[PDF] Sunny Days By Sunil Gavaskar – Thomashillier.co.uk

Sunny Days Sunny Days Is The Fascinating Record Of The Growth Of India S Greatest Batsman One Whose Astonishing Feats On The Cricket Field Have Had Innumerable Records Rewritten, And Yet Difficult Targets SetHow Did Sunil Manohar Gavaskar Begin And What Were The Early Days Like It Is Not Merely Out Of Curiosity That One May Ask The Question The Knowledge Of The Shaping Up Of The Process Of Greatness Is Essential For A True Understanding Of The Greatness Before We Can Ask The Little Master To Tell Us About The Dizzying Heights Of His Career We Need To Know The Beginning And Sunny Days Is All About ItThe Baby Is Switched After Birth, Luckily Restored By An Eagle Eyed Uncle He Grows Up And Almost Breaks His Mother S Nose With A Mighty Hit A Childhood Habit Persisting In Later Life Plays Good Cricket In School And College Graduates Inevitably Through University And Trophy Cricket Is At Times Booed By The Crowd As His Uncle Happens To Be A Selector In Fact All That Could Happen Does Happen To Make Him Reach The Age Of Twenty One, When At Port Of Spain Gavaskar Bursts Upon The Cricket Scene With His Test DebutThe Year Is , Gavaskar S Year, And Sunny Days Have Truly Begun For Indian Cricket By The End Of The Season Gavaskar Has Played First Class Matches, Amassed Runs And Hundreds He Has Played In Matches In Tests, With Runs And Hundreds Still Eight Years To Go For The Great Days Of The Kotla And The Chidambaram Stadium But As It Is Said, In The Beginning Is The EndFluently Written, Self Effacing Modesty Imparting A Rare Grace To The Pages, Sunny Days Is Great To Read


10 thoughts on “Sunny Days

  1. says:

    2.5 Stars, a disppointing read There are many reasons but I think the most imporatant one is that it s not a well timed autobiography It was published in 1976, when Gavaskar was in the 6th year of his international career That s too soon to write an autobiography and probably that was the reason he tried to justify it in his preface but I don t agree with his reasoning I mean, what are the highlights of Gavaskar s career Part of 1983 world cup winning Indian cricket teamMost run in test cric 2.5 Stars, a disppointing read There are many reasons but I think the most imporatant one is that it s not a well timed autobiography It was published in 1976, when Gavaskar was in the 6th year of his international career That s too soon to write an autobiography and probably that was the reason he tried to justify it in his preface but I don t agree with his reasoning I mean, what are the highlights of Gavaskar s career Part of 1983 world cup winning Indian cricket teamMost run in test cricket and first man to score 10,000 test runsMost test centuries broke the record of Sir Don s 29 test 100s Captained India in most number of testEqualled the record of Nawab Pataudi for most win as an Indian test captain Though all his individual records were broken later but they are the ones who defines Gavaskar s career Unfortunatley they all are not in his biography just because he rushed in to writing it sooner than he ought to Though the book covers 2 high points i.e 774 test runs in his debut series and 400 chase in 4th innings of a test but they are not enough and it s not like you can release any updated verion As a result of this what could have been one of the most cherished book in Indian World cricket is just a normal autobiography now I think best time to write an autobiography for a sportsperson is probably just after his retirement like what Sachin did or maybe late in your career when you feel you have achieved enough and the end is near, a bit like AB though he can still fulfill his biggest desire of lifting the 1st cricket world cup for SA Anways after finishing this one I find out that the timing was not the only issue.Except for first 2 and last 3 chapters the book islike an extended tour log and believe me when I say extended Since Gavaskar played only 6 seasons, at someplaces the practise matches have got the number of pages and importance of a test Though few anecdotes are worth sharing but inspite of them the book is mostly well, BORING The narration is wayward at many places, gavaskar jumped to something that happended much later such as a match or series result or what happended in the end of any event and then came back to his previous tale They were kind of spoilers Also even though I always appriciate Gavaskar for his frank opinions but the way he complained about the umpiring throughout the book was a bit annoying Overall a dull book even if you are a big Cricket Gavaskar Fan.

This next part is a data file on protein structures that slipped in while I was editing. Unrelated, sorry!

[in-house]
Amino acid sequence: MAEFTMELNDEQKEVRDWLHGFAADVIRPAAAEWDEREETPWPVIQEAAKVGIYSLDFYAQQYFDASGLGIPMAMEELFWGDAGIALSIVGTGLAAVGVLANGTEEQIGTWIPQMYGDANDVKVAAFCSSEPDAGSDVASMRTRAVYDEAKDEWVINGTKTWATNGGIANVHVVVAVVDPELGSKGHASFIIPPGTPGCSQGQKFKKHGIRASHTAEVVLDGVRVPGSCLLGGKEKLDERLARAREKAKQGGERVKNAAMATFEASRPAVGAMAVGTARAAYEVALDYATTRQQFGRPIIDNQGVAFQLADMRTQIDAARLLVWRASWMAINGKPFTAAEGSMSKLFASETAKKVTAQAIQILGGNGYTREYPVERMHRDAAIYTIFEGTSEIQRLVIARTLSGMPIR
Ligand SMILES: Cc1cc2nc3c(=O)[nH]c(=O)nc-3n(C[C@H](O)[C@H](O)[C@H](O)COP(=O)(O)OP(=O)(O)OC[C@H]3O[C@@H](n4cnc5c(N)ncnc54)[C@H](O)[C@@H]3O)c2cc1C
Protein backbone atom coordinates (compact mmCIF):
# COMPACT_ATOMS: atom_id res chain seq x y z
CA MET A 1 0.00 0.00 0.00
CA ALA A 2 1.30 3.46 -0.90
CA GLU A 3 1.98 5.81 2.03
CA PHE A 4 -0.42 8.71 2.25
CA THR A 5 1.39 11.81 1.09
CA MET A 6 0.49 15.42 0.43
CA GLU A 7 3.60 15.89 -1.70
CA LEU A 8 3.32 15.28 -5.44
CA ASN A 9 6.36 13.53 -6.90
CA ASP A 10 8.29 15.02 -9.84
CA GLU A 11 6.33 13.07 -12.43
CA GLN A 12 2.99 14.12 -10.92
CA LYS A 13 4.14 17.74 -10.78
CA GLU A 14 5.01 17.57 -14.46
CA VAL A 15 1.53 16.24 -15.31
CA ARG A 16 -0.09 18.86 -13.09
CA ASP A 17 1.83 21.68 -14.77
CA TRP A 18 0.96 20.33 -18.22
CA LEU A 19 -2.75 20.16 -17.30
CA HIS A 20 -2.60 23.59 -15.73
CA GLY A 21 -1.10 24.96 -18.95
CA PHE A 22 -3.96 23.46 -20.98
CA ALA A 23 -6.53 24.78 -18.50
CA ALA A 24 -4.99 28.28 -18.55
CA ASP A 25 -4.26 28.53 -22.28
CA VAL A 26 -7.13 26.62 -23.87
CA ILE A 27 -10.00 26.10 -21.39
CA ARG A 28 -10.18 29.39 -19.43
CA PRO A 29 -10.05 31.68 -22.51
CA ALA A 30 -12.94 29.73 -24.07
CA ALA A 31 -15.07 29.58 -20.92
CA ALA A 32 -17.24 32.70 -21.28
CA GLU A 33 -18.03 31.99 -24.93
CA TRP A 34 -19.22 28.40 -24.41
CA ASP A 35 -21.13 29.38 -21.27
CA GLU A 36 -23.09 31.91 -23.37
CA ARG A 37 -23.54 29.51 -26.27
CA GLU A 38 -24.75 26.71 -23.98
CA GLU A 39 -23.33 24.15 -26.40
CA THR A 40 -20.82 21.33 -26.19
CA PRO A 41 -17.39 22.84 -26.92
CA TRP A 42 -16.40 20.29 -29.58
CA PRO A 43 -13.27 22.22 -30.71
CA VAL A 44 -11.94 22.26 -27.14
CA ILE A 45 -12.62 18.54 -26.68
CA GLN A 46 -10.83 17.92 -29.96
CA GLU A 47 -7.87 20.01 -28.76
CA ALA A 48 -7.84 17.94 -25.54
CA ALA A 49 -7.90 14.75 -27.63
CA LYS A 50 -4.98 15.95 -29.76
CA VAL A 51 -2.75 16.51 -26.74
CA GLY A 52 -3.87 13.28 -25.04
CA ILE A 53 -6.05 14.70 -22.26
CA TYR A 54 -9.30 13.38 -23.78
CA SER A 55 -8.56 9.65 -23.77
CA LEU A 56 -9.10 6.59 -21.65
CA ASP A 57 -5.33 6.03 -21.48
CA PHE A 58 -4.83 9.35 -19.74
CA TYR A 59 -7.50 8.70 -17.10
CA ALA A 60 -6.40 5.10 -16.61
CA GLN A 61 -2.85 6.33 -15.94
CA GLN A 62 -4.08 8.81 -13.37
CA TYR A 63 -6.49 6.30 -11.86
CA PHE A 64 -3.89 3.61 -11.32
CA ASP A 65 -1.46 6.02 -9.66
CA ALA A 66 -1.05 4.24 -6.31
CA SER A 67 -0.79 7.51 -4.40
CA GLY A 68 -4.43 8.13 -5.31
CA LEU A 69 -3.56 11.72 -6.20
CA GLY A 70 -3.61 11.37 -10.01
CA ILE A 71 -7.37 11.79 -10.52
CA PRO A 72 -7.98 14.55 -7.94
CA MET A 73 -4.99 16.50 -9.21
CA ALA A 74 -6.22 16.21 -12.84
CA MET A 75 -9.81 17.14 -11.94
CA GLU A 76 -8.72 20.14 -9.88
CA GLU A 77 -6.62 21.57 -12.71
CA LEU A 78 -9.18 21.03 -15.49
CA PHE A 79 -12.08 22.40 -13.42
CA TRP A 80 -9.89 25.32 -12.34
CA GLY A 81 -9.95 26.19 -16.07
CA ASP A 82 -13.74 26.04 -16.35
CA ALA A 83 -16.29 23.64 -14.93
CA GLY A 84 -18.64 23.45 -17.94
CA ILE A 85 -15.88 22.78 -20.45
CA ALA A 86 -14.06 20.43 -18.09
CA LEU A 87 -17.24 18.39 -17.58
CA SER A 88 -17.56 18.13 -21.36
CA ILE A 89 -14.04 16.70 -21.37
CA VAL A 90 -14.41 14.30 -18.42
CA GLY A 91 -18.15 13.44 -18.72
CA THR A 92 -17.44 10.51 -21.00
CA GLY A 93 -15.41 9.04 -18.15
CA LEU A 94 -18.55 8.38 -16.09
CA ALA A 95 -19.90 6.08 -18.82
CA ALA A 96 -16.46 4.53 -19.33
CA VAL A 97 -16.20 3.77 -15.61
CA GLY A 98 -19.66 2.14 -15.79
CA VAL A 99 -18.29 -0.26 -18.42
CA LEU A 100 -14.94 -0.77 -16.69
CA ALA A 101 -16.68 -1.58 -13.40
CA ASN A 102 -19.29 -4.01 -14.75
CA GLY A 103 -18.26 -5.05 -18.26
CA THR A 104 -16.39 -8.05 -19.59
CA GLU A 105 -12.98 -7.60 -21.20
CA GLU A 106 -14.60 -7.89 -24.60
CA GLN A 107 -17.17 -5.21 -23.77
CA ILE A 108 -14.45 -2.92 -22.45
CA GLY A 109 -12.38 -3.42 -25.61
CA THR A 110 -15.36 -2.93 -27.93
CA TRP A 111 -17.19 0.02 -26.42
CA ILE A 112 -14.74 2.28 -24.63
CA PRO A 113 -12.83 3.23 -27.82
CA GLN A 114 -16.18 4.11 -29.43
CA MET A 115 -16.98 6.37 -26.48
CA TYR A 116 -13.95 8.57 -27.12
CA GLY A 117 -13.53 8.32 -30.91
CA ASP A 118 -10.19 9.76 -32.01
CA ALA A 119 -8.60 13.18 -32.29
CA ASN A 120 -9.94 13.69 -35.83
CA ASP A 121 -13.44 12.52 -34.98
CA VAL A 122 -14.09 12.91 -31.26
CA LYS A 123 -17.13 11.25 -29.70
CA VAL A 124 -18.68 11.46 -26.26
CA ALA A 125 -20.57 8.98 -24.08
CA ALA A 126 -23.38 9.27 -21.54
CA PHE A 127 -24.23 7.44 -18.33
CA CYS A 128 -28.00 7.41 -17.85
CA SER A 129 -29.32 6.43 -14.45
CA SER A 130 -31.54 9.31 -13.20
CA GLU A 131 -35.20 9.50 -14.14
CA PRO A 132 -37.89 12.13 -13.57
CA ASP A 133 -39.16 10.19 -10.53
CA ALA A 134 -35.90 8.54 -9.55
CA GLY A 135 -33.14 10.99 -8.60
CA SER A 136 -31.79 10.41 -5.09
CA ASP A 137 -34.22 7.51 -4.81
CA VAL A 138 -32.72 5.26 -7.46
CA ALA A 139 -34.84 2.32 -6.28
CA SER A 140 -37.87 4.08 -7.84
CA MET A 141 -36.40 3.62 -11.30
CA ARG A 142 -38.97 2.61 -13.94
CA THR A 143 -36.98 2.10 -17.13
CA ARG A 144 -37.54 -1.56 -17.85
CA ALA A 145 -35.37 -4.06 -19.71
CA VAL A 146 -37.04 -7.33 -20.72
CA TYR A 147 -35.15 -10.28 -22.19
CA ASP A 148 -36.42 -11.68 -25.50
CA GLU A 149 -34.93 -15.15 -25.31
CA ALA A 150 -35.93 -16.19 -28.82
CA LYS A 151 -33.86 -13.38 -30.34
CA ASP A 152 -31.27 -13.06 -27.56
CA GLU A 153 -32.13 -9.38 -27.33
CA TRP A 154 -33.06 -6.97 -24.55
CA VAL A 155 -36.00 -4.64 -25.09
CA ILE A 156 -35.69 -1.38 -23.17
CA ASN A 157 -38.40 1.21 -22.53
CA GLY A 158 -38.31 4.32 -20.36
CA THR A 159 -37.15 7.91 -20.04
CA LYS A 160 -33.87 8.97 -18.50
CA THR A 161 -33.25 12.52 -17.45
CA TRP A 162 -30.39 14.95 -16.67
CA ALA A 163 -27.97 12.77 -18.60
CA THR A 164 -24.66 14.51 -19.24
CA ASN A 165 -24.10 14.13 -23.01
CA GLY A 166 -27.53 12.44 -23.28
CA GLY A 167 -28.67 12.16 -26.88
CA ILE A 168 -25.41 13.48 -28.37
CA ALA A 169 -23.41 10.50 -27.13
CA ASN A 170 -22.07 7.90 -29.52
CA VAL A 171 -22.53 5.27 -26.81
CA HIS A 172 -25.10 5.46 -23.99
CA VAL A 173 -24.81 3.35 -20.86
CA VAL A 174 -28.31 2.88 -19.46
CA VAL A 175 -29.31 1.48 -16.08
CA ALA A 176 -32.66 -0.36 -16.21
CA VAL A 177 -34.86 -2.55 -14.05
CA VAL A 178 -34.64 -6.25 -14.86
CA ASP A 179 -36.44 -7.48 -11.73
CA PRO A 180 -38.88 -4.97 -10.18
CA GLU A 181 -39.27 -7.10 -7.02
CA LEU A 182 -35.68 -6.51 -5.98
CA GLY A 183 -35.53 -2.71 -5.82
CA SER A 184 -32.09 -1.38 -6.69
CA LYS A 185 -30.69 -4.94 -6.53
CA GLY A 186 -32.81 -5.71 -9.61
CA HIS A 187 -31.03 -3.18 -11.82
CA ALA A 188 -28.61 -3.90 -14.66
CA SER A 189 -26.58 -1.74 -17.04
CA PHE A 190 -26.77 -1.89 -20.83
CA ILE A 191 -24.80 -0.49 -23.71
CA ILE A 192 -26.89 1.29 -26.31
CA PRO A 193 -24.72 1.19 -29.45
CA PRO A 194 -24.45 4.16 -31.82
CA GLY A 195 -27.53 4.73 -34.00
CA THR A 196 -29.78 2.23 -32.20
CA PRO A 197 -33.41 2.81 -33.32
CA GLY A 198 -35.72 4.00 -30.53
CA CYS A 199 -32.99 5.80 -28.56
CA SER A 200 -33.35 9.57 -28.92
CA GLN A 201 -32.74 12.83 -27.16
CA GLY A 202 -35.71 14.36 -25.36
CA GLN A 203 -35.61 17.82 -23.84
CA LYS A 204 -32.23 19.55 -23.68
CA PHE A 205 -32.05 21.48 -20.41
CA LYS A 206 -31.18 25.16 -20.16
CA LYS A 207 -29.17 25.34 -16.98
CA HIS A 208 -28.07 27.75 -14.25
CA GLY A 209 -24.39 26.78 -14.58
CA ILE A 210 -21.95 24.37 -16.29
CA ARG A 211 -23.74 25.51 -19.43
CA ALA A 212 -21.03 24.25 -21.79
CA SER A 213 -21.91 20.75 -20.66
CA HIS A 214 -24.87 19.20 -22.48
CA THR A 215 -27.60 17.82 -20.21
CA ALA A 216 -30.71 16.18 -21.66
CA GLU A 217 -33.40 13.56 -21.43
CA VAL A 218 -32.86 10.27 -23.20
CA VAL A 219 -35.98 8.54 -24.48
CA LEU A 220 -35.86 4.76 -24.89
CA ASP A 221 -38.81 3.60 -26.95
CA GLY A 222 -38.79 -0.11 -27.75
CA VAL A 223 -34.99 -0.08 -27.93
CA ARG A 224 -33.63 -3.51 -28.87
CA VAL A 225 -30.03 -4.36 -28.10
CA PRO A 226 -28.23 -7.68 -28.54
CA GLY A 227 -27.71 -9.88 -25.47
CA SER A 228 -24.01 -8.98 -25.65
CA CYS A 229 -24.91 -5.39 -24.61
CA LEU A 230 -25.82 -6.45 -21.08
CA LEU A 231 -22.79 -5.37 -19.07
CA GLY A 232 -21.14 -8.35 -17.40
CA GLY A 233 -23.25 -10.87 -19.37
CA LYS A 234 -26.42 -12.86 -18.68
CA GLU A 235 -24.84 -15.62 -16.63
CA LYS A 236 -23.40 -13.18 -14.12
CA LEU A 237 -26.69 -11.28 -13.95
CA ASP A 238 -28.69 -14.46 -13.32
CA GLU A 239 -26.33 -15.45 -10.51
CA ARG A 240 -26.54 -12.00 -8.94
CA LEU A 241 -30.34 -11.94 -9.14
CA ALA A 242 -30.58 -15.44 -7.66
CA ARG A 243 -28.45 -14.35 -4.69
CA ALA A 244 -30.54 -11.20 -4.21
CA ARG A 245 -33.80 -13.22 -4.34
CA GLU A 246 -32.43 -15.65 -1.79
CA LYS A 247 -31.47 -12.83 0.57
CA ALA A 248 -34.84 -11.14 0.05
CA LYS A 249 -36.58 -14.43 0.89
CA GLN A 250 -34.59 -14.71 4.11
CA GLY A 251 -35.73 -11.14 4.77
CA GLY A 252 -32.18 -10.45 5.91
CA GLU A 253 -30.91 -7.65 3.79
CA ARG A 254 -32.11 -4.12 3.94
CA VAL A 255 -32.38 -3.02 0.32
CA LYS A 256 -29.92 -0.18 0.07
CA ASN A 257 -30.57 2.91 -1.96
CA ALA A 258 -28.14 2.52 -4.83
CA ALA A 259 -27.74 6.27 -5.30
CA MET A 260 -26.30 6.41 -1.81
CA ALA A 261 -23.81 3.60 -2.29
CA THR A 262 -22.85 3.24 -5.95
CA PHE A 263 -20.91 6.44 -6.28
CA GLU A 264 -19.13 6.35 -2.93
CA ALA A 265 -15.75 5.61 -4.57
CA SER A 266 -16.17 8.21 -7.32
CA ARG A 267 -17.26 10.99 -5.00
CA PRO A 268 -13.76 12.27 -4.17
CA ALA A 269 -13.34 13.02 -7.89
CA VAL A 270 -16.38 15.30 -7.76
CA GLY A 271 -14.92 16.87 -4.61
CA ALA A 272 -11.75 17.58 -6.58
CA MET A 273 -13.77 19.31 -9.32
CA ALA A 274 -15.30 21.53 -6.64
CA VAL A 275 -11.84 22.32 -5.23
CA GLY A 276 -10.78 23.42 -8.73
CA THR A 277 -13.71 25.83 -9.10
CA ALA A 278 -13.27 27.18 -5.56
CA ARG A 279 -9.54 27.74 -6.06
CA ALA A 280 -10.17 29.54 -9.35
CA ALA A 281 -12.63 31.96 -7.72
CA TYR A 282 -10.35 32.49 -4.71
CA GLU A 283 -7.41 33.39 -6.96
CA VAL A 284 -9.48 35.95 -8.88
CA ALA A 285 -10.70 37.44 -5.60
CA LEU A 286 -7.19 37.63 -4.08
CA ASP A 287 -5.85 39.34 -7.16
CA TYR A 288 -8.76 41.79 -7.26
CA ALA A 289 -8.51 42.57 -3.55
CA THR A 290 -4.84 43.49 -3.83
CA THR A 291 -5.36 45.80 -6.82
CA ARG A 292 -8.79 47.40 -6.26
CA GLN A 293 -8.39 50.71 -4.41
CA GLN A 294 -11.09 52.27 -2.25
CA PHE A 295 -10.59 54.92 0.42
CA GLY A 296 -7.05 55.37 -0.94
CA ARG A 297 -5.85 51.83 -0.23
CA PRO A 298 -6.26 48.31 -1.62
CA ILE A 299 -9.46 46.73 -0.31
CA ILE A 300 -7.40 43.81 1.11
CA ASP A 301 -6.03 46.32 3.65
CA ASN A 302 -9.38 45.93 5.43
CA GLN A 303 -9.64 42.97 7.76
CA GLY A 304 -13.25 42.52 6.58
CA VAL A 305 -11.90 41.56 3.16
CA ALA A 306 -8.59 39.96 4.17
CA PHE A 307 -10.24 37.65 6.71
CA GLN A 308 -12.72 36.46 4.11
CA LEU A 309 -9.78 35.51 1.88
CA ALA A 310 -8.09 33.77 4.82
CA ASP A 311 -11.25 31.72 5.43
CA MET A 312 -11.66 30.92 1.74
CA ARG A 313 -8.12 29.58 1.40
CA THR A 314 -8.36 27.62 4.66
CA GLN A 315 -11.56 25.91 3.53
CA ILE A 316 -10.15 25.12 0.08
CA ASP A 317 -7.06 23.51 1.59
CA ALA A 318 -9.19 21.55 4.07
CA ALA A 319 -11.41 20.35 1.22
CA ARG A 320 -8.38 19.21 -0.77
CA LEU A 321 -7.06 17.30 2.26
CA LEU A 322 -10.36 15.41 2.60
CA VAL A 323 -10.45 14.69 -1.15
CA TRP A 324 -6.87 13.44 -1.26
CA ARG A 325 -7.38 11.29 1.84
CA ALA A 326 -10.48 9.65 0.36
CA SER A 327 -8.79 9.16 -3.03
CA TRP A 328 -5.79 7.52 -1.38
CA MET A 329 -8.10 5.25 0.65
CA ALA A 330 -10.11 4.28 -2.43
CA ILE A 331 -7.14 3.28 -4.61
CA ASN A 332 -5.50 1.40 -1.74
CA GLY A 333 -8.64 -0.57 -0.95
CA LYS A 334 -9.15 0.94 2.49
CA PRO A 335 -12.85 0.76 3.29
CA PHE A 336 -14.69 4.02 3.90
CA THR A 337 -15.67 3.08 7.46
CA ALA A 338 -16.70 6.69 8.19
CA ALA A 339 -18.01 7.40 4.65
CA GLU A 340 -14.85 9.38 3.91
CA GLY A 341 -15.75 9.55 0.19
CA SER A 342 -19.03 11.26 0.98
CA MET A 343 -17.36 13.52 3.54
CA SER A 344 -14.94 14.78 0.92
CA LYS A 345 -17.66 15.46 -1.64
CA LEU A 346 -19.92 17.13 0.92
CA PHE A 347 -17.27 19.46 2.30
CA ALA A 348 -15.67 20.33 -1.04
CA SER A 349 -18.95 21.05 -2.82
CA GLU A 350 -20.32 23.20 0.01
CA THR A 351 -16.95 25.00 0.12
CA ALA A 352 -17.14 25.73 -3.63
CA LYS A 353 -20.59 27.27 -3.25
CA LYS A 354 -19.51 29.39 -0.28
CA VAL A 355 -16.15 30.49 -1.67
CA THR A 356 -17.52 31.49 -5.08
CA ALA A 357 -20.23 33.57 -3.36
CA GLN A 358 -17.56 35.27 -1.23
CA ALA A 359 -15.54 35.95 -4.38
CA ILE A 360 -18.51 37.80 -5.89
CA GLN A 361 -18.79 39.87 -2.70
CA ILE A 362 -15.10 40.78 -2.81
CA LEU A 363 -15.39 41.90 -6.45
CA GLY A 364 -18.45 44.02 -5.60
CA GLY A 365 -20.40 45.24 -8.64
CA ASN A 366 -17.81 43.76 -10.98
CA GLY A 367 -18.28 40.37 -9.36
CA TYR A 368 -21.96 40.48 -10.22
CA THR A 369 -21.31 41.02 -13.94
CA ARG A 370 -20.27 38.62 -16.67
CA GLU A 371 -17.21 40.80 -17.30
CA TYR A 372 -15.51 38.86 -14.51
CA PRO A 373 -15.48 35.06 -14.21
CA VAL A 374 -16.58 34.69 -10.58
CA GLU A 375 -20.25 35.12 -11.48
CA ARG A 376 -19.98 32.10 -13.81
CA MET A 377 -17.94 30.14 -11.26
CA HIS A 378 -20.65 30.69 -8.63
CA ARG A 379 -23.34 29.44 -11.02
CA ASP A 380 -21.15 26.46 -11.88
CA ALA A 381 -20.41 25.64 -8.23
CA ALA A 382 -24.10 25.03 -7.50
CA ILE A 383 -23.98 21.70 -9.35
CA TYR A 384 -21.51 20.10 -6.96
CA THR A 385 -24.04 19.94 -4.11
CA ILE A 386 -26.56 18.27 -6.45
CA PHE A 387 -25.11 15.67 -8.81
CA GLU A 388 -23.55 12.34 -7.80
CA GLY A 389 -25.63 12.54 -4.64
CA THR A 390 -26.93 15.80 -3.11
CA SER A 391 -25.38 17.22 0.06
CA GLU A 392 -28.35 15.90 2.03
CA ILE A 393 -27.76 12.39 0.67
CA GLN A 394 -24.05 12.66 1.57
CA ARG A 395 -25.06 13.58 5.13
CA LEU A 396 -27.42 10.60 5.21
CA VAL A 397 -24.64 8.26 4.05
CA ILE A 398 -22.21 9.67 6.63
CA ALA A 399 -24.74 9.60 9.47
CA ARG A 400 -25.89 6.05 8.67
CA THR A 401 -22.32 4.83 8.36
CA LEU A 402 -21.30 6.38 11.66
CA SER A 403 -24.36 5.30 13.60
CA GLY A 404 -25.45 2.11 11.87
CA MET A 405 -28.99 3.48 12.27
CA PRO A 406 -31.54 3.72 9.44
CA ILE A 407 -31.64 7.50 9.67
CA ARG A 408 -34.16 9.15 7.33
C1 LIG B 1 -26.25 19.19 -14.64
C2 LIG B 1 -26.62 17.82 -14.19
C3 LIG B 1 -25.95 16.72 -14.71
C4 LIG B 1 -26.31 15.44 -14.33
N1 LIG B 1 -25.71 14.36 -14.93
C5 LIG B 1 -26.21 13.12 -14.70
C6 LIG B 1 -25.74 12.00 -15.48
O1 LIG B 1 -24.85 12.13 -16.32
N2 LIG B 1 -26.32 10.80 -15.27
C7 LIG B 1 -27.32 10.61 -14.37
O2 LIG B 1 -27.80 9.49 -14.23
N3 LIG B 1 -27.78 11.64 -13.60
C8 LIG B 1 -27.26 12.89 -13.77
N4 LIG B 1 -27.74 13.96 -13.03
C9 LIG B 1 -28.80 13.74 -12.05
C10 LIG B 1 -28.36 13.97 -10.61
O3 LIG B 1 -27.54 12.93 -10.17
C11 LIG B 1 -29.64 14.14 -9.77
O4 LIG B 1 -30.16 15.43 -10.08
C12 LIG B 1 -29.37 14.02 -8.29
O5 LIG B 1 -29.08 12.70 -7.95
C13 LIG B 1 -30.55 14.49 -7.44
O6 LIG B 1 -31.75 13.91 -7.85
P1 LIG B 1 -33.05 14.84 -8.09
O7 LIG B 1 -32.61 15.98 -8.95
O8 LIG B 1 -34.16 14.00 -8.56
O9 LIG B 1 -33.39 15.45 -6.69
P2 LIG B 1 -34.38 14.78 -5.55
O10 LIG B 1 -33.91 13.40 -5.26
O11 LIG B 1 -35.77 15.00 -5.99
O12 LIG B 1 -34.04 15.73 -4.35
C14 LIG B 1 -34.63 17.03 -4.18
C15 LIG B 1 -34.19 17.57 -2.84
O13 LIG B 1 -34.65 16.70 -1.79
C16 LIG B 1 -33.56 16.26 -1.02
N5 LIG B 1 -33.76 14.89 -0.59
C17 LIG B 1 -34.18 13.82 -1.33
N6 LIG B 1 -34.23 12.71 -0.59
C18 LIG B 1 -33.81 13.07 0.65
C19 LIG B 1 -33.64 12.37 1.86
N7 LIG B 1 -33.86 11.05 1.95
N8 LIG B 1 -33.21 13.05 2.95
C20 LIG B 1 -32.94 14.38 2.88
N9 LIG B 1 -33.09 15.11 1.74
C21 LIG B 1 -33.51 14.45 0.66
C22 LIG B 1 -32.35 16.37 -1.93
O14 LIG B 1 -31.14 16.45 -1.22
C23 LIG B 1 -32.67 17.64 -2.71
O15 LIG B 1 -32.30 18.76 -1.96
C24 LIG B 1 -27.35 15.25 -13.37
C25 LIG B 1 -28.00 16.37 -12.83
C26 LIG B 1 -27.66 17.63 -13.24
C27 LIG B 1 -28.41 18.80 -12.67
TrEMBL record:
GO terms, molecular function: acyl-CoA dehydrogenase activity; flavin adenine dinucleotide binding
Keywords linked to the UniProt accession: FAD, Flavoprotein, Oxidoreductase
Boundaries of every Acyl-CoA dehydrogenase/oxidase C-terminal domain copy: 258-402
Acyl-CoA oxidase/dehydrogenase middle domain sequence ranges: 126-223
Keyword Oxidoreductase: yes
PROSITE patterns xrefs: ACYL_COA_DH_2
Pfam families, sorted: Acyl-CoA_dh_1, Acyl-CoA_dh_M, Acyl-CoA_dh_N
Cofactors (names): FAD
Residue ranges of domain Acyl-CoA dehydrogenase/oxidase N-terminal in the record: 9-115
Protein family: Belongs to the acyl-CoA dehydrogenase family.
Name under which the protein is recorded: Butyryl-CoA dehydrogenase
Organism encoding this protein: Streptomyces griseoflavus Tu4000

2. says:

    Intimate, light hearted account of Sunil Gavaskar s growth as one of the world s greatest batsmen, especially good treatment of his early years.


  3. says:

    Again..this was a book that was published in 1977 and Gavaskar was yet to hang his boots Often noticed that people scripting autobiographies in the midst of their careers put across their thoughts in a rushed manner Apart from a couple of chapters, the Men and Memories especially, it makes for a dull reading in the middle But a rich history of Indian cricket nevertheless


  4. says:

    This book is a must read for every cricket romantic After reading you ll certainly feel that Gavaskar, the author is undoubtedly as exquisite as Gavaskar, the batsman Sunny days is easily my favourite cricket book.